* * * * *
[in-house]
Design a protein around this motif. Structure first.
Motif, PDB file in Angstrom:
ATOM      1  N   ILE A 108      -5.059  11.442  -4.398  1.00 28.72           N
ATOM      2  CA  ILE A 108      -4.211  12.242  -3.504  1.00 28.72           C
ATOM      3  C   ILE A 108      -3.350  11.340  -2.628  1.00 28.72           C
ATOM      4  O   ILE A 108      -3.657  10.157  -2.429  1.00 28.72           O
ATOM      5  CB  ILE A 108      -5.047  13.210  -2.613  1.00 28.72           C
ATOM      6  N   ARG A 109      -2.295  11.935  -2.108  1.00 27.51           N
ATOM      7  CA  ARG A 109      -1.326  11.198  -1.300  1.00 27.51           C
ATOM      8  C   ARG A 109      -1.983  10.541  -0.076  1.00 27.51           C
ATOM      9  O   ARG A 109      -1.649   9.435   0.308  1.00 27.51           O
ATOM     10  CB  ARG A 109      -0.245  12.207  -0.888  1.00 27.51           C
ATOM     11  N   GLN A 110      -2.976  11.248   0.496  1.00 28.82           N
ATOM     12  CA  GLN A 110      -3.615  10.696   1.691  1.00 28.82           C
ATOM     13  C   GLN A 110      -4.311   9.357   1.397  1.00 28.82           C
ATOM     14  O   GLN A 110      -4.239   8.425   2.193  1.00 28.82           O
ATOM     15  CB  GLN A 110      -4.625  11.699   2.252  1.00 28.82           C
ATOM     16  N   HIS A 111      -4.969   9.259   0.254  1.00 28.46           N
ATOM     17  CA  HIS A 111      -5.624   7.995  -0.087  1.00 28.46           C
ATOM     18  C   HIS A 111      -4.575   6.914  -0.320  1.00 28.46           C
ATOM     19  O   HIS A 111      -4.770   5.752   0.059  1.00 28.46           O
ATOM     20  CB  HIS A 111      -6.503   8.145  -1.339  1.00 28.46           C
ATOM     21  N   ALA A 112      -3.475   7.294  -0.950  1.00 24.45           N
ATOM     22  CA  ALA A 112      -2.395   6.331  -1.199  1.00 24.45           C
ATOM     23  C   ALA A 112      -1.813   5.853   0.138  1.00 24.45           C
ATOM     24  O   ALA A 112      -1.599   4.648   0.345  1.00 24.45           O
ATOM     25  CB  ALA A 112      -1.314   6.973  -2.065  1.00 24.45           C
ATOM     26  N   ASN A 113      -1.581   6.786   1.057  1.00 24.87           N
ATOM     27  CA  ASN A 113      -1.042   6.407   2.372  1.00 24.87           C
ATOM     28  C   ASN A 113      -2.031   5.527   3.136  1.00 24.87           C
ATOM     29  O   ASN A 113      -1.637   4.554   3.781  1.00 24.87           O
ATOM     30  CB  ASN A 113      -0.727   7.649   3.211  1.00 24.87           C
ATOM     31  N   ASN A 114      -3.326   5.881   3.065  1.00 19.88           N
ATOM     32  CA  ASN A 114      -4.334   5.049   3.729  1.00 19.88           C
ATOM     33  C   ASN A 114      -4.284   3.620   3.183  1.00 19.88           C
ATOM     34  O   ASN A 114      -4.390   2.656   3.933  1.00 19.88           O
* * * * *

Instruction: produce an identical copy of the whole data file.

[in-house]
Design a protein around this motif. Structure first.
Motif, PDB file in Angstrom:
ATOM      1  N   ILE A 108      -5.059  11.442  -4.398  1.00 28.72           N
ATOM      2  CA  ILE A 108      -4.211  12.242  -3.504  1.00 28.72           C
ATOM      3  C   ILE A 108      -3.350  11.340  -2.628  1.00 28.72           C
ATOM      4  O   ILE A 108      -3.657  10.157  -2.429  1.00 28.72           O
ATOM      5  CB  ILE A 108      -5.047  13.210  -2.613  1.00 28.72           C
ATOM      6  N   ARG A 109      -2.295  11.935  -2.108  1.00 27.51           N
ATOM      7  CA  ARG A 109      -1.326  11.198  -1.300  1.00 27.51           C
ATOM      8  C   ARG A 109      -1.983  10.541  -0.076  1.00 27.51           C
ATOM      9  O   ARG A 109      -1.649   9.435   0.308  1.00 27.51           O
ATOM     10  CB  ARG A 109      -0.245  12.207  -0.888  1.00 27.51           C
ATOM     11  N   GLN A 110      -2.976  11.248   0.496  1.00 28.82           N
ATOM     12  CA  GLN A 110      -3.615  10.696   1.691  1.00 28.82           C
ATOM     13  C   GLN A 110      -4.311   9.357   1.397  1.00 28.82           C
ATOM     14  O   GLN A 110      -4.239   8.425   2.193  1.00 28.82           O
ATOM     15  CB  GLN A 110      -4.625  11.699   2.252  1.00 28.82           C
ATOM     16  N   HIS A 111      -4.969   9.259   0.254  1.00 28.46           N
ATOM     17  CA  HIS A 111      -5.624   7.995  -0.087  1.00 28.46           C
ATOM     18  C   HIS A 111      -4.575   6.914  -0.320  1.00 28.46           C
ATOM     19  O   HIS A 111      -4.770   5.752   0.059  1.00 28.46           O
ATOM     20  CB  HIS A 111      -6.503   8.145  -1.339  1.00 28.46           C
ATOM     21  N   ALA A 112      -3.475   7.294  -0.950  1.00 24.45           N
ATOM     22  CA  ALA A 112      -2.395   6.331  -1.199  1.00 24.45           C
ATOM     23  C   ALA A 112      -1.813   5.853   0.138  1.00 24.45           C
ATOM     24  O   ALA A 112      -1.599   4.648   0.345  1.00 24.45           O
ATOM     25  CB  ALA A 112      -1.314   6.973  -2.065  1.00 24.45           C
ATOM     26  N   ASN A 113      -1.581   6.786   1.057  1.00 24.87           N
ATOM     27  CA  ASN A 113      -1.042   6.407   2.372  1.00 24.87           C
ATOM     28  C   ASN A 113      -2.031   5.527   3.136  1.00 24.87           C
ATOM     29  O   ASN A 113      -1.637   4.554   3.781  1.00 24.87           O
ATOM     30  CB  ASN A 113      -0.727   7.649   3.211  1.00 24.87           C
ATOM     31  N   ASN A 114      -3.326   5.881   3.065  1.00 19.88           N
ATOM     32  CA  ASN A 114      -4.334   5.049   3.729  1.00 19.88           C
ATOM     33  C   ASN A 114      -4.284   3.620   3.183  1.00 19.88           C
ATOM     34  O   ASN A 114      -4.390   2.656   3.933  1.00 19.88           O